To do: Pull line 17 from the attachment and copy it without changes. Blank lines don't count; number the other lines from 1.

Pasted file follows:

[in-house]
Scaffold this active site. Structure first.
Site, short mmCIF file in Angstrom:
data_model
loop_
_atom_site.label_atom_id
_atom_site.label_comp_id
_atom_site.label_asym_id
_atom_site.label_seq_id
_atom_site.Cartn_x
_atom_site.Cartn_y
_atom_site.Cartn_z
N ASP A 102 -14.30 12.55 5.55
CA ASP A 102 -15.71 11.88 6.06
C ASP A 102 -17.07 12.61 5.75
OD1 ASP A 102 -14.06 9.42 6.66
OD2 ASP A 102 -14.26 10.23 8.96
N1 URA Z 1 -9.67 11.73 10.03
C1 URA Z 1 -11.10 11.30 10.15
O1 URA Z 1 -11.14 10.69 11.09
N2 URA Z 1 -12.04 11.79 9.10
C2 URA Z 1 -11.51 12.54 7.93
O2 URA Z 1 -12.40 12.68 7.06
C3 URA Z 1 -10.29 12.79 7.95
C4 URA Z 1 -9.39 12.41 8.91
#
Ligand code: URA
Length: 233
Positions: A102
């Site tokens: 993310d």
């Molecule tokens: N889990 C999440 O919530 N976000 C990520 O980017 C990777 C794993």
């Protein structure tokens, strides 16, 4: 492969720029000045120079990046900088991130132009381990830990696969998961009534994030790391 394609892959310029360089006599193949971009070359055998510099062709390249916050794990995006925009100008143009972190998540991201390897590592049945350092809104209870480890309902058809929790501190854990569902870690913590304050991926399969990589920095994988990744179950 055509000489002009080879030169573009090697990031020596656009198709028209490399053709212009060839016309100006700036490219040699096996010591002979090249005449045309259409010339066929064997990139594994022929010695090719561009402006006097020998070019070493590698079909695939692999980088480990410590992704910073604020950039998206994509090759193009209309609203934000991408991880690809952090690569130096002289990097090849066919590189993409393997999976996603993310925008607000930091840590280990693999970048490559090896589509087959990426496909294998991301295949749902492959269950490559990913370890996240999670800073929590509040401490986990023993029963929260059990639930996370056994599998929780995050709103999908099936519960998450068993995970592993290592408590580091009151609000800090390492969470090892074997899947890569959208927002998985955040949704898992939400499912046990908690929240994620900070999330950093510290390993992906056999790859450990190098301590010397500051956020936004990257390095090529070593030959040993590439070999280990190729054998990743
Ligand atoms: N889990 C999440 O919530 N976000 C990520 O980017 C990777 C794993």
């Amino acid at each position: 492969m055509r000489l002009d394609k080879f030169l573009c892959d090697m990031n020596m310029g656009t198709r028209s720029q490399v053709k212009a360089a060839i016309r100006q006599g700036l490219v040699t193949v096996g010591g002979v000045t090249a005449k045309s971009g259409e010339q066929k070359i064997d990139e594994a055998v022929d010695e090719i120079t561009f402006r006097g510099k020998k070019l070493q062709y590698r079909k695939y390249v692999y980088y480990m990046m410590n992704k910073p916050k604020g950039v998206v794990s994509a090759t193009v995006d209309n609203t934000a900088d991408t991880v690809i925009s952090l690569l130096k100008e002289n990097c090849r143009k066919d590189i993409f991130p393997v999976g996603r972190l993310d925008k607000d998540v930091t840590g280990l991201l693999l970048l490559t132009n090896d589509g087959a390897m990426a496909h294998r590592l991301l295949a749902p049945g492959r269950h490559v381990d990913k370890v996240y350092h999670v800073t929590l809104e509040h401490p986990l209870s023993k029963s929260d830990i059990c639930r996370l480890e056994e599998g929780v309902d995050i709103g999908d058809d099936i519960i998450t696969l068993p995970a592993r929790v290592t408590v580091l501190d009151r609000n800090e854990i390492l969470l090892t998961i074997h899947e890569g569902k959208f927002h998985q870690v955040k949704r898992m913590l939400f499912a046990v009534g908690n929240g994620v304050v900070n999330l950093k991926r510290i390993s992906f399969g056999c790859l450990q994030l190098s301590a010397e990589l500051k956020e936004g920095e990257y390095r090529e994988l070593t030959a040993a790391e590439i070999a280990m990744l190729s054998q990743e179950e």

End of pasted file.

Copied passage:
OD2 ASP A 102 -14.26 10.23 8.96